Three ways to configure the stack

(This is not a problem or bug description, just a reflection on and curiosity about the various ways one can configure the stack.)

The Things Stack can be configured using command-line flags, environment variables, or configuration files.
While i can see that some methods might be better suited for experimental runtime changes (command-line flags), others for permanent settings (environment, files),
do you see a general preference for one method over the others, or is it just a matter of taste? Is there a best practice?

1 Like

As with everything in Computer Science, the answer is: it depends. For some people it’s just preference, for others it will depend on the infrastructure they’re deploying a network on. In our documented deployments we typically use a combination of a config file and environment variables:

In the Docker-Compose deployment from our documentation, most configuration is done in a configuration file, but some overrides for the specific environment (pointing to databases and Docker volumes) are done with environment variables.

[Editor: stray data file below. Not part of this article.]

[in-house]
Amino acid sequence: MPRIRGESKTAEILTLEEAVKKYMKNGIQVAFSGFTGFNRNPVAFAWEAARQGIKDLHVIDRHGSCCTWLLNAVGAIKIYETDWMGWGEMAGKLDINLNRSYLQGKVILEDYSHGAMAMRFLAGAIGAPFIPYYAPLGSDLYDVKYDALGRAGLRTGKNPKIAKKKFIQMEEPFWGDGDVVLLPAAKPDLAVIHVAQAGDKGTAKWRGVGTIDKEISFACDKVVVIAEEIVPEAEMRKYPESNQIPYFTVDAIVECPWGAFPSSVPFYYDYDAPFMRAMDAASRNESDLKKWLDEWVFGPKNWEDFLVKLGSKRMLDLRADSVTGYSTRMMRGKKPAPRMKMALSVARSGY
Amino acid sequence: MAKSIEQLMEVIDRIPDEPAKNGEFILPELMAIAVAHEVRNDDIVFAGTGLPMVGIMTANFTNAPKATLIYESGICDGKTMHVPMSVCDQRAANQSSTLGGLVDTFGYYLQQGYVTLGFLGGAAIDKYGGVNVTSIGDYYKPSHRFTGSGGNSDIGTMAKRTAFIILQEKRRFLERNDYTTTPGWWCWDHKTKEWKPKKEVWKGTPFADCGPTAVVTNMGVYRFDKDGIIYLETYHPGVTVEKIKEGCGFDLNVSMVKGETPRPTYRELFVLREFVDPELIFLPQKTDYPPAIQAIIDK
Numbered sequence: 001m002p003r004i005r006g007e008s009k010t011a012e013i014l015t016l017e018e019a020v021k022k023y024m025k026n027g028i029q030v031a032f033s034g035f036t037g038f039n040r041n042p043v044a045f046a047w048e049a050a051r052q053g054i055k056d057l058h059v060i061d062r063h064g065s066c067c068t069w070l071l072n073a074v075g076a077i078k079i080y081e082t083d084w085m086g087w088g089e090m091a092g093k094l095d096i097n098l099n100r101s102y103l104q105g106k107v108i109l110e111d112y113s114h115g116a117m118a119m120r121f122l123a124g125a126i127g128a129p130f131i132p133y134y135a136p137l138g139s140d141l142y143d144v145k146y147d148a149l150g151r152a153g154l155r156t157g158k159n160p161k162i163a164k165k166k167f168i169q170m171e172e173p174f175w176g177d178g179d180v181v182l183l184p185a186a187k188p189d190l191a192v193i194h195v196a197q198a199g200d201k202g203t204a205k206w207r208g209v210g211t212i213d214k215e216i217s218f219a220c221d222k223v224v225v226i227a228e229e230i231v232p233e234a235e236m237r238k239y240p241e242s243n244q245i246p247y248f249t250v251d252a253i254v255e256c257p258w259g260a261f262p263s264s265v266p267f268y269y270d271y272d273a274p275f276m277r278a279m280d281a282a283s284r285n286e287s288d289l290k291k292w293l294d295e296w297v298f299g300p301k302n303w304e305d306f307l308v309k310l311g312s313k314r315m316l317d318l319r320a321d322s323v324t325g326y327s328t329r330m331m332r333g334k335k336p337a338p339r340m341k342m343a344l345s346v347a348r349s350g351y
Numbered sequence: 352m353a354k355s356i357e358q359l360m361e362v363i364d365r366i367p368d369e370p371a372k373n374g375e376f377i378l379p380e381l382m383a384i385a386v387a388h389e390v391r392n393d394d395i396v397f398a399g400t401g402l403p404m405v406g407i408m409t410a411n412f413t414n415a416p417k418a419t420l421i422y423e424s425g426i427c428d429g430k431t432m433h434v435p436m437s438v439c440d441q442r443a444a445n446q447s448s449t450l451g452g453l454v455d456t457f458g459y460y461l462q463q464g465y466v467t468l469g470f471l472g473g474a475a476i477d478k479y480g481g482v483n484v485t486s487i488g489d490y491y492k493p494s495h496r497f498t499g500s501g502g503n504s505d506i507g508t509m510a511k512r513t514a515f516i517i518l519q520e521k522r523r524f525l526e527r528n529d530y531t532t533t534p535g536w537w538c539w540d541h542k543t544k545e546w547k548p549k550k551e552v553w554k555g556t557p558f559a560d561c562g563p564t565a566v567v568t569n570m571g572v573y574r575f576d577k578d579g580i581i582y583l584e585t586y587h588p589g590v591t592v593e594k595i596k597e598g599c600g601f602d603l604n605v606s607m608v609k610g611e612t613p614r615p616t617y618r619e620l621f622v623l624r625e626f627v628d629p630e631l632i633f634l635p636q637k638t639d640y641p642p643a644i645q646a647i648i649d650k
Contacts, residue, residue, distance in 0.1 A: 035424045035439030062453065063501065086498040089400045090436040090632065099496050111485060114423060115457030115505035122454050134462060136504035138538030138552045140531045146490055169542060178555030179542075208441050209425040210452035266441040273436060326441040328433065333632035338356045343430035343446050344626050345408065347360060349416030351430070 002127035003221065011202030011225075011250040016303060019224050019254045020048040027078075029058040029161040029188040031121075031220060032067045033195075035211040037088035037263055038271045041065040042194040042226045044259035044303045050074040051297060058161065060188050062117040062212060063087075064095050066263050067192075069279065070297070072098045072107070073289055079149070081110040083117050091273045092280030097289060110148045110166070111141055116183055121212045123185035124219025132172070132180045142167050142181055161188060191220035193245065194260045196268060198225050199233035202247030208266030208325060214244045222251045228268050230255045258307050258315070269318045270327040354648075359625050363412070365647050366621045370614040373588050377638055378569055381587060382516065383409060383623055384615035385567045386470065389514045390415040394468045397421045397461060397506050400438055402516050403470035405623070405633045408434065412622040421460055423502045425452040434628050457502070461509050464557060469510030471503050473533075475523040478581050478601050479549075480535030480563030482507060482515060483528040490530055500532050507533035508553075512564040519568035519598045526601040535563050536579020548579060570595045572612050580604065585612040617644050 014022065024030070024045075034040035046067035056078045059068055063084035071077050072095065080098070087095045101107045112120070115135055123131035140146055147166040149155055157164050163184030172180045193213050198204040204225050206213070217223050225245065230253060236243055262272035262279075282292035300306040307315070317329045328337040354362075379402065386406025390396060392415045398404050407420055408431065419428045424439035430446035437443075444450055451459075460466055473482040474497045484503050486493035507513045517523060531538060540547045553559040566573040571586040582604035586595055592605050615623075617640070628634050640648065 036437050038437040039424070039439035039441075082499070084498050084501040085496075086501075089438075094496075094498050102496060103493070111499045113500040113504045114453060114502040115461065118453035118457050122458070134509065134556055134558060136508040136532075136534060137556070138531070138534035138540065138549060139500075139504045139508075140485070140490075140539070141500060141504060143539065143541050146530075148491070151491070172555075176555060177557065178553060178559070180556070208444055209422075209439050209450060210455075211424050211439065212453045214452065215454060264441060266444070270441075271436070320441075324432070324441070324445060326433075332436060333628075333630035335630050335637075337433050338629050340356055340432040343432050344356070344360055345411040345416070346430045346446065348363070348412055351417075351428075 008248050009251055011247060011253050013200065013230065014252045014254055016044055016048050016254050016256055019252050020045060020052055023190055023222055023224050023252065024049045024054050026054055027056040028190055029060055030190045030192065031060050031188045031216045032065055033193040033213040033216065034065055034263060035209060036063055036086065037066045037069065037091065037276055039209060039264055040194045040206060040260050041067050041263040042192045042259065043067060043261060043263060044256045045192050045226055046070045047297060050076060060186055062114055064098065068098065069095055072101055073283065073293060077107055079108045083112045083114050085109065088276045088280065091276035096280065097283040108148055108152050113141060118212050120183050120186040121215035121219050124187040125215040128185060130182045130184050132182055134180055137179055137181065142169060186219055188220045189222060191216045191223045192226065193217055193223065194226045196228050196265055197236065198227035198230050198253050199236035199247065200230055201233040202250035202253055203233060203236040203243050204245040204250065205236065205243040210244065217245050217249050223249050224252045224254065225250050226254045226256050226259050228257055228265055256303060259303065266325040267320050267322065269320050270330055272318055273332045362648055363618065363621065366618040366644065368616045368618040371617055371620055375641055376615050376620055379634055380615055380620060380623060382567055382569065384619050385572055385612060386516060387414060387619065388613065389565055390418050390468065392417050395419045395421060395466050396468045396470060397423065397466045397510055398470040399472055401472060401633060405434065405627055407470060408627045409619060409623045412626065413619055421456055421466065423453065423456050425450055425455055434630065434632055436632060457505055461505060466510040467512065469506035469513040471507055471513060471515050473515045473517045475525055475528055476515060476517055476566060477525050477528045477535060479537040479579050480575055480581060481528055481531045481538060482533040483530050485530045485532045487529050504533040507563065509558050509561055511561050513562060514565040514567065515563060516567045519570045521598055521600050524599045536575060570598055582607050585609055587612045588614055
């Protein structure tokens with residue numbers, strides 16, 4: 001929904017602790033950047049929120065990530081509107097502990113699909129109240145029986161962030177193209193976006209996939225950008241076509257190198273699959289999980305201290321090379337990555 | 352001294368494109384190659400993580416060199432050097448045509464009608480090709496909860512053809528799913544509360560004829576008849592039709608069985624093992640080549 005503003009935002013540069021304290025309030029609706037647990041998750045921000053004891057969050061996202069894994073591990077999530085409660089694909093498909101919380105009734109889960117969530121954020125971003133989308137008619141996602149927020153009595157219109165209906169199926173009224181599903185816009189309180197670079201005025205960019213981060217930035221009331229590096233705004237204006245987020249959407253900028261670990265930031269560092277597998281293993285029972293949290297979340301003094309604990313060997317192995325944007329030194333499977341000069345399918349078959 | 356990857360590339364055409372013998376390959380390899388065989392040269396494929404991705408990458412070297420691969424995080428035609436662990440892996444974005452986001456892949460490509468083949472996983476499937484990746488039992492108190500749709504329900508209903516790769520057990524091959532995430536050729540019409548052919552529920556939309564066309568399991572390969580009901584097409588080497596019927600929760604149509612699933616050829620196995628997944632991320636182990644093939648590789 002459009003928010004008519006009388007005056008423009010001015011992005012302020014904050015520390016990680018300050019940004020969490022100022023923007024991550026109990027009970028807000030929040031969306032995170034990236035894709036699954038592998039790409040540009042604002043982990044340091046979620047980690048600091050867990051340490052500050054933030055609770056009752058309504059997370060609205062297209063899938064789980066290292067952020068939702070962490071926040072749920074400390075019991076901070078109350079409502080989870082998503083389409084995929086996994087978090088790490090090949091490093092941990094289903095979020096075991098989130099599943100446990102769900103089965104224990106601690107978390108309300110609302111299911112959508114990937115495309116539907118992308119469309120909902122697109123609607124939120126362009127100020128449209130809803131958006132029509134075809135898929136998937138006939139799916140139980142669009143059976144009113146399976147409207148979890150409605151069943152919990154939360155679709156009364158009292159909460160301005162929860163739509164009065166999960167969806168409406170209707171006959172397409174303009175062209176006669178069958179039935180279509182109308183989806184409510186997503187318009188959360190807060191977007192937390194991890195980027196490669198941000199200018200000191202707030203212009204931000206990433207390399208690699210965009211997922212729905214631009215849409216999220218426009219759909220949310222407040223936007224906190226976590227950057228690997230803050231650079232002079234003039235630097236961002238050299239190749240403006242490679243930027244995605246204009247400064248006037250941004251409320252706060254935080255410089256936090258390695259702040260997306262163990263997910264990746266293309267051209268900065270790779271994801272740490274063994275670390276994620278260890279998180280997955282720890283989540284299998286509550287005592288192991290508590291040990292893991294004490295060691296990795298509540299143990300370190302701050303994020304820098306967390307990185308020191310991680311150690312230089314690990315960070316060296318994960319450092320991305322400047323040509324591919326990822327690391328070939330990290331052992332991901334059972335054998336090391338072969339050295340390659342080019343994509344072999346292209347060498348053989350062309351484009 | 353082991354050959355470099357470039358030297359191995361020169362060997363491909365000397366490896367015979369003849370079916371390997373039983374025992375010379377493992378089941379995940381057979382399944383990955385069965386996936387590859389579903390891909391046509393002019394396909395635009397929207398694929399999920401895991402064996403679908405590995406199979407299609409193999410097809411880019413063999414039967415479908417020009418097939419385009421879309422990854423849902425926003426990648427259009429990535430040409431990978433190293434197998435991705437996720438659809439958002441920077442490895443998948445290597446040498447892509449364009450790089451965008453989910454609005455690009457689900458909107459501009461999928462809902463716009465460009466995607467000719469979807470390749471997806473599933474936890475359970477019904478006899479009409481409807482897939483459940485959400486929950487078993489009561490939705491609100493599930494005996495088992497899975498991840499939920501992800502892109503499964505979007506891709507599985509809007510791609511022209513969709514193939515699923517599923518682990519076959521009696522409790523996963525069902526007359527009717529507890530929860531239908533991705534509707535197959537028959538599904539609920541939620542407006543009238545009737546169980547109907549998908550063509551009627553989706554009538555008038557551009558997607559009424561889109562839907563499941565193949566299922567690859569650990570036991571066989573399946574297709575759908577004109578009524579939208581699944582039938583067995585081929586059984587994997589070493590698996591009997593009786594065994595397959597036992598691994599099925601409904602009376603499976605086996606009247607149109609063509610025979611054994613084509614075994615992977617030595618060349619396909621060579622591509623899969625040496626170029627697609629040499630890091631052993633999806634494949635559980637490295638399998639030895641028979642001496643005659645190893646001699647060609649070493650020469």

My example bootstrap script does everything with environment variables.

In our AWS EC2 deployments such as the Launcher on the AWS Marketplace, CloudFormation writes pretty much everything to the config file.

Our AWS ECS deployments use a combination of a dynamic configuration file that is generated from several parameters in AWS Parameter Store, and environment variables that are set by CloudFormation for the specific environment.

1 Like

Thanks, @htdvisser - very useful comments. It was actually during the work of adapting your script to a slightly different deployment (CentOS, postgres), and comparing to other guides, that i came to think about it.
The approach seems to make sense - config files for all that is stable across deployments, environment for everything that s specific to a deployment.
And, i remain curious what other approaches people might be using.

This topic was automatically closed after 30 days. New replies are no longer allowed.